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Reasonable time-limit for taking decisions [Article 17 ECGAB]

Showing 1 - 20 of 636 results

Decision in case 960/2016/TM on the European Investment Bank´s alleged failure to handle a complaint in a timely manner

Monday | 04 December 2017

The case concerned the alleged failure of the European Investment Bank (EIB) Complaints Mechanism to handle a complaint in a timely manner. The Ombudsman inquired into the issue and found that the delay was justified due to the complexity of the subject matter of the complaint. The Ombudsman therefore found no maladministration by the EIB.

Decision in case 318/2016/ZA on the failure by the Executive Agency for Small and Medium Enterprise to reply to a request for review in a recruitment procedure

Thursday | 22 December 2016

The case concerned the failure by the Executive Agency for Small and Medium Enterprises (EASME) to reply to the complainant’s request for review following a recruitment procedure for a contract agent.

The Ombudsman inquired into the issue and asked EASME to reply to the complainant and address her concerns about her exclusion from the ‘reserve list’ of successful candidates. In its reply, EASME apologised for what it described as “an unfortunate event”, which should not have happened, and explained why the complainant had not been included in the reserve list.

The Ombudsman found EASME’s explanations about the complainant’s exclusion convincing. However, she regretted the fact that it had taken EASME one year to reply to the complainant’s request for review, and that it had done so only after the Ombudsman’s intervention. The Ombudsman encouraged EASME to take steps to ensure that similar incidents do not occur in the future.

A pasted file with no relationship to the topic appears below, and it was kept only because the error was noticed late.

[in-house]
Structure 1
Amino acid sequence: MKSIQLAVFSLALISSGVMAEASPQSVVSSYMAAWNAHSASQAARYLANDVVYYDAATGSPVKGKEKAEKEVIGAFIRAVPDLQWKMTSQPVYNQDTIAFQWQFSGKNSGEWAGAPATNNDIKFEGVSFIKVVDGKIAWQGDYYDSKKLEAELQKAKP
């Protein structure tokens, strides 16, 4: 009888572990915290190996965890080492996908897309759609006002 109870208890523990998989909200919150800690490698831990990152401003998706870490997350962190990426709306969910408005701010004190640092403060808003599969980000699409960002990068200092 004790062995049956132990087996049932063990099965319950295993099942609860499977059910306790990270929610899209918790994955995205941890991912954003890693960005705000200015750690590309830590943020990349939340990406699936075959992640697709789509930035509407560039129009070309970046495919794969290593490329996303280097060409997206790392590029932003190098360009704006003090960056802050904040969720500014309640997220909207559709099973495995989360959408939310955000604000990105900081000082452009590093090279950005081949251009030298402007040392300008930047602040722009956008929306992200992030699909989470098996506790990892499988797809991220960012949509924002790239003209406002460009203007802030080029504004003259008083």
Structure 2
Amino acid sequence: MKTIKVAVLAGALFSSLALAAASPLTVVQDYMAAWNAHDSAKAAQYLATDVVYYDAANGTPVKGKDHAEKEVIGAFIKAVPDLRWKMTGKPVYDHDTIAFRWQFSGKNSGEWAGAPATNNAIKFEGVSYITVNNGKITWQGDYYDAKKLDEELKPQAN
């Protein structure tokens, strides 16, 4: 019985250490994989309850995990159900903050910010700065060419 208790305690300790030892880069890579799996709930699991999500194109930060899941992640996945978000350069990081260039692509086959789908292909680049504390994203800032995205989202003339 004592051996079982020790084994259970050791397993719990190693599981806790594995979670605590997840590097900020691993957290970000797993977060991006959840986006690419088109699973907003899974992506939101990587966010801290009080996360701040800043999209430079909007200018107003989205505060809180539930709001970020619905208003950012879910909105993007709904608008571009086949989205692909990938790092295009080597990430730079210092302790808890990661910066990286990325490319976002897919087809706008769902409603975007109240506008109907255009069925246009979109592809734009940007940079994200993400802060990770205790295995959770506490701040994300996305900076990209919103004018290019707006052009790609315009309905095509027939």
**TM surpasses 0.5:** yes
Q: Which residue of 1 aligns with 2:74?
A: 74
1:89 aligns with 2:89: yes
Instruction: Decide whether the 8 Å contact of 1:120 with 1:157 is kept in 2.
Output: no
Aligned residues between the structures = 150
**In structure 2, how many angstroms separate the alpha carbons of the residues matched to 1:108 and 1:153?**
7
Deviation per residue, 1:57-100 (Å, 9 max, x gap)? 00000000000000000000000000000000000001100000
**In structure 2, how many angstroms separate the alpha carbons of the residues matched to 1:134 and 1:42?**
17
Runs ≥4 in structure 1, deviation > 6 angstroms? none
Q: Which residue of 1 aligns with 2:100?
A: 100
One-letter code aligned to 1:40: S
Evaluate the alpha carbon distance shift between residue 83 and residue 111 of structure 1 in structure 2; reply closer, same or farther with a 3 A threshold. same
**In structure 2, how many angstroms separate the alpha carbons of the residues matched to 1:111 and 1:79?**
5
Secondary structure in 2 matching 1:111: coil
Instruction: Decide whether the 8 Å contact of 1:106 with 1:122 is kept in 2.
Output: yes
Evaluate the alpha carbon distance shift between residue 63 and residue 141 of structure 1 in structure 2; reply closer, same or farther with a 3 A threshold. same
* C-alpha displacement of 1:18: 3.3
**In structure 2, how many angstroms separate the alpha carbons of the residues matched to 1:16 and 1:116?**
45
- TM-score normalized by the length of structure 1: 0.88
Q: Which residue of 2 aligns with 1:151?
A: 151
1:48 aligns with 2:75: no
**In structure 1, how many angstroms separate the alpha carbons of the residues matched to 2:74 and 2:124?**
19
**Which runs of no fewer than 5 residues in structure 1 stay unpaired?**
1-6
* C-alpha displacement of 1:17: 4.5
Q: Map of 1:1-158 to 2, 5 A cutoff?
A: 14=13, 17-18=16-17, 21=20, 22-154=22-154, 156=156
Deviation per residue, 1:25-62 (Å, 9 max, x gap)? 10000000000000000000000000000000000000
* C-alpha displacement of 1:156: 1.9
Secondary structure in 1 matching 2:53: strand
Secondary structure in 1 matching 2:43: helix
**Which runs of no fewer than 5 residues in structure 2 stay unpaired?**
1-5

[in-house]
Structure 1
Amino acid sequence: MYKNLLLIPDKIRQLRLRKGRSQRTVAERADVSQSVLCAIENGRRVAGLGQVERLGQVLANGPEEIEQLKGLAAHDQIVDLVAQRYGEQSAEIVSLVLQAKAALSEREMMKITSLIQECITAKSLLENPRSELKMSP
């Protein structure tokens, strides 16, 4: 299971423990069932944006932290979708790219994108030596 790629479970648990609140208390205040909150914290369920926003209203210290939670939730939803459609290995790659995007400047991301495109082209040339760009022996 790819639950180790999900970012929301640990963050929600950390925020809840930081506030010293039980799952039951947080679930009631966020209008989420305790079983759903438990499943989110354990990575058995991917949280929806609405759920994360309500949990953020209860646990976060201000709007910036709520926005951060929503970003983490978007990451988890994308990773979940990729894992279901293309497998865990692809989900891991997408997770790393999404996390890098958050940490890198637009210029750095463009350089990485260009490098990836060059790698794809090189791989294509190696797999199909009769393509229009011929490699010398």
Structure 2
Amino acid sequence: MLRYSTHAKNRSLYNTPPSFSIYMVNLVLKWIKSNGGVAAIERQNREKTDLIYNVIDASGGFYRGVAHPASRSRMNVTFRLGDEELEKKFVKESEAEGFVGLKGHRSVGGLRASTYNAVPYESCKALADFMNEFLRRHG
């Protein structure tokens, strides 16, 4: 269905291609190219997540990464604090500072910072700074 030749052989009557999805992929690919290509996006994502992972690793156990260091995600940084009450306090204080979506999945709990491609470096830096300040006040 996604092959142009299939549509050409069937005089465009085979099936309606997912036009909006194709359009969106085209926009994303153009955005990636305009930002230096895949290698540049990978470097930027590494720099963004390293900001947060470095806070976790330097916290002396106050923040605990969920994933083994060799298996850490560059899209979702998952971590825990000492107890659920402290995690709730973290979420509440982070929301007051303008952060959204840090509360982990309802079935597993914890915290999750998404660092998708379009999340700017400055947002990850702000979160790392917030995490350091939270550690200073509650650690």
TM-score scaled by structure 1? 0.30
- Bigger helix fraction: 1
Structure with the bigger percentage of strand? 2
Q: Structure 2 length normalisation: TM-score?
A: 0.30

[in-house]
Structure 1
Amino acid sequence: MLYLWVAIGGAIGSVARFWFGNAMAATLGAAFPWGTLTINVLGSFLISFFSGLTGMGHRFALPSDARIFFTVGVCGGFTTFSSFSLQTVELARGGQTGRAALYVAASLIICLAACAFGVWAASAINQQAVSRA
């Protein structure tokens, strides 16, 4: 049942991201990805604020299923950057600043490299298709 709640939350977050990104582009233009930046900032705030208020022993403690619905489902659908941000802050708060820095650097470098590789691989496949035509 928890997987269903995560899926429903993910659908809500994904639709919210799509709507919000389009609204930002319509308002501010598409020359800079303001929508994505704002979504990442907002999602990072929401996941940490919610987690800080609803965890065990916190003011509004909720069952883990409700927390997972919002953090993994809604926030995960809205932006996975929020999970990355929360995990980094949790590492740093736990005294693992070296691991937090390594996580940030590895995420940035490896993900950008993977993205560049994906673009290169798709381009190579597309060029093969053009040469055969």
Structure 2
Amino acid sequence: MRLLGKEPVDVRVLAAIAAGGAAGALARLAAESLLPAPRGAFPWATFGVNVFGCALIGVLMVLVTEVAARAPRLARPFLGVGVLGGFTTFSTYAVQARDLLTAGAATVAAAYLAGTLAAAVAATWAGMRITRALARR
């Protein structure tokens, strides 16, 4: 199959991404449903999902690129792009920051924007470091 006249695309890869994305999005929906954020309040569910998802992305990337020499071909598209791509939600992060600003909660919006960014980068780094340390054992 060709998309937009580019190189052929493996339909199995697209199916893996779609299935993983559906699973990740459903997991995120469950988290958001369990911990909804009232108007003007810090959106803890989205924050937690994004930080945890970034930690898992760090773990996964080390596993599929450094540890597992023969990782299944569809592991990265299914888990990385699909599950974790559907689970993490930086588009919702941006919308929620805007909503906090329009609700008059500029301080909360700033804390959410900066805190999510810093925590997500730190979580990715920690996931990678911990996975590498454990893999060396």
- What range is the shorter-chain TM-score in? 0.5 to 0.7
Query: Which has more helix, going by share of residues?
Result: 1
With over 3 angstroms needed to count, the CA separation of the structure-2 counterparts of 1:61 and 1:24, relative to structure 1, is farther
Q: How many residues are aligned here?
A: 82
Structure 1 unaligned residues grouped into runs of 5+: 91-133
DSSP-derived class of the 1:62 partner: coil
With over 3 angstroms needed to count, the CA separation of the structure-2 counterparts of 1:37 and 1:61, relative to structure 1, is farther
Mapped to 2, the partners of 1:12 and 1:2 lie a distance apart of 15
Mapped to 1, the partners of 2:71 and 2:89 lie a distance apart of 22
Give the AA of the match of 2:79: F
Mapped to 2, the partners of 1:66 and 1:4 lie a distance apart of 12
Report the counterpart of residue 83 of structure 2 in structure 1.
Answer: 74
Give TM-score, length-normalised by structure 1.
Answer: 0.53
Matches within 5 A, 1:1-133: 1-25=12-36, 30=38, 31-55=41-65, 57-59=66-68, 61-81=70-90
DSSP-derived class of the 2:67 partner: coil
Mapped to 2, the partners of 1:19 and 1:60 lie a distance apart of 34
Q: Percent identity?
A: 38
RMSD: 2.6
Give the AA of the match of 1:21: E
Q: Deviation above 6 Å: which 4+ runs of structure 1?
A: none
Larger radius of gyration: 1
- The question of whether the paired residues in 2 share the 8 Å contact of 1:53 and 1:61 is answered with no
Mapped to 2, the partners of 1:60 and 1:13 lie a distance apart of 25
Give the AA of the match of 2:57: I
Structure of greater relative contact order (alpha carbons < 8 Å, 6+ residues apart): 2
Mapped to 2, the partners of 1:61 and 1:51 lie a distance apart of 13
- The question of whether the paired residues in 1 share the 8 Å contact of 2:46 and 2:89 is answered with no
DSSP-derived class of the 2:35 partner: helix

Decision in case OI/1/2016 on the failure by the European Commission to reply to a request for a legal review of a decision by an EU agency

Thursday | 22 December 2016

The case concerned the failure by the European Commission to reply to the complainant’s request for a legal review of the Education, Audiovisual and Culture Executive Agency’s decision to reject his project from EU funding under the Erasmus+ programme. The Ombudsman inquired into the issue and found that the Commission had already replied to the complainant. She therefore considered this part of the complaint as settled by the institution. She also examined the substance of the Commission’s reply and found it comprehensive and reasonable. She therefore decided that there was no maladministration.

Decision of the European Ombudsman closing her own-initiative inquiry OI/11/2015/EIS concerning the timeliness of payments by the European Commission

Monday | 19 December 2016

Most of the EU budget each year is allocated to funds and programmes managed by the European Commission on a shared basis with Member States. In June 2015, the Ombudsman opened an own-initiative inquiry concerning the timeliness of payments by the Commission, with a focus on payments to private contractors and beneficiaries, who are likely to suffer most as a result of late payment. This inquiry followed four earlier inquiries on the same subject.